Kenyan resort known for giraffes also supports conservation efforts


The resort in Nairobi, Kenya is known as one of the most Instagrammable properties in the world because it allows guests to get up close and personal with the world’s tallest animal, the giraffe. But Giraffe’s mannerisms aren’t just for thrills, he’s also a conservationist.

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Giraffe Manor Hotel on March 20, 2009 in Giraffe Park Nairobi, Kenya.

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Environmentalist Cecilia Mueni said people don’t know giraffes are fighting for survival. She called it Quiet Extinction.

“So giraffes are basically threatened from all angles, including humans themselves, predators and climate change,” says Mueni.

Giraffes of the Rothschild subspecies stand in their habitat at the ‘Giraffe Center’, a giraffe conservation center in Nairobi.

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Poachers hunt for bush meat and even tails, believing that it gives them power. Humans are also encroaching on giraffe habitat.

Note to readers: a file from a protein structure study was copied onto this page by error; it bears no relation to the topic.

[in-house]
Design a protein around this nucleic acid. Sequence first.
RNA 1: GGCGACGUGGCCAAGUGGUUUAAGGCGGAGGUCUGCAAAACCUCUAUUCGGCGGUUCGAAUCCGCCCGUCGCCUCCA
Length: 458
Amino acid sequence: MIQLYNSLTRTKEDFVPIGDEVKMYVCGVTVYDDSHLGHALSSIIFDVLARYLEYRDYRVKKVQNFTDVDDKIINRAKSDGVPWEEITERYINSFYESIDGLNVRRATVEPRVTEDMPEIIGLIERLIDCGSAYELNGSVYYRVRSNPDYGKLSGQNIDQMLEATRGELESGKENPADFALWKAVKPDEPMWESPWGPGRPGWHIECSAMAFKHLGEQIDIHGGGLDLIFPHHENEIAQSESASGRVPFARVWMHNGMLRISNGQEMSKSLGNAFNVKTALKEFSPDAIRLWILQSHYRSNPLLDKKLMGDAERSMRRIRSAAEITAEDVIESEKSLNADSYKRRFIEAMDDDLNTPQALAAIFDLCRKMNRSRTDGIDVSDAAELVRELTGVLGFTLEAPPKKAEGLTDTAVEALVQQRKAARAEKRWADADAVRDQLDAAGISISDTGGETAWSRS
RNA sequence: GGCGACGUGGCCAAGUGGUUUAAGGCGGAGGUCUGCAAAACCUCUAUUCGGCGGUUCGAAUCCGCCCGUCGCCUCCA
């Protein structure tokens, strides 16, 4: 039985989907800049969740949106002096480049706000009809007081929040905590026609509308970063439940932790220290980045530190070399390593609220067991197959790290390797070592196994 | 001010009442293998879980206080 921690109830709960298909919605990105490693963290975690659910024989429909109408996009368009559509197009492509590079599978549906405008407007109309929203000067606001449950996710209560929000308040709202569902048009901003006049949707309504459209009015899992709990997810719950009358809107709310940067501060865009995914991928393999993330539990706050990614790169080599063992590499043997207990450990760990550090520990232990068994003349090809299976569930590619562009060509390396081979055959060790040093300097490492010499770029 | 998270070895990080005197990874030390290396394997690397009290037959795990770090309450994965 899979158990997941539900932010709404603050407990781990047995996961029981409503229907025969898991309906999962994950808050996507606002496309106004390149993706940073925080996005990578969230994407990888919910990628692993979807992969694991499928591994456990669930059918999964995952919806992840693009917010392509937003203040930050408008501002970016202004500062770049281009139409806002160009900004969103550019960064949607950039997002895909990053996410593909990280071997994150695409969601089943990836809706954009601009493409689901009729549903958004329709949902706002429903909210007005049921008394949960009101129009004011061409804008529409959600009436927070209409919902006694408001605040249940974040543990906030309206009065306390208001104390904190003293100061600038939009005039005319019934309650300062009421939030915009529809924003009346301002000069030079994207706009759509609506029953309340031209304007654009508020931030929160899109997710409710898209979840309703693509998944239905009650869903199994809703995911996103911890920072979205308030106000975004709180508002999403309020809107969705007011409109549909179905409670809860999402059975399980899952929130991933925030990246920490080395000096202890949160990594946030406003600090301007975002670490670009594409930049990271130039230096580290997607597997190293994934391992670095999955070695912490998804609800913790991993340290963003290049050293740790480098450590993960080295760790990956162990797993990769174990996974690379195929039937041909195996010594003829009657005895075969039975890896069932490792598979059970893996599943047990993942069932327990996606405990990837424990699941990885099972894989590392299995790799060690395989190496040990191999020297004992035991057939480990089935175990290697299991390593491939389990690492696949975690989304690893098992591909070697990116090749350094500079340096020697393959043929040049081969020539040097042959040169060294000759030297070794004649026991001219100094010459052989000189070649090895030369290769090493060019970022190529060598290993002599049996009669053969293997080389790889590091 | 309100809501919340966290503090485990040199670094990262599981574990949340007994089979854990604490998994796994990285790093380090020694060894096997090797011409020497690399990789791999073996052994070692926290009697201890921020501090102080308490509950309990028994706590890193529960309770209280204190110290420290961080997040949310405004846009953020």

Exacerbating this extinction is the devastation caused by the Horn of Africa’s worst drought in 40 years. Giraffe Manor’s Mikey Carr Hartley said the numbers of Nubian giraffes have plummeted and are on the endangered species list.

Kenya's national parks claim 109 elephants in the past year due to drought
Giraffes in Tsavo National Park during drought near the town of Voi, Taita Taveta county, Kenya.

Anadolu Agency by Andrew Wasike/Getty Images

“As you know, in many countries in Africa they have actually disappeared,” he told CBS News.

As a result, the money the resort makes goes into conservation funds, supporting breeding programs run by Giraffe Manor and the Kenyan government. Most of the giraffes born at the resort were released back into the wild, and his numbers have grown from just 76 in the 1980s to 1,200 today.


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Written by Natalia Chi

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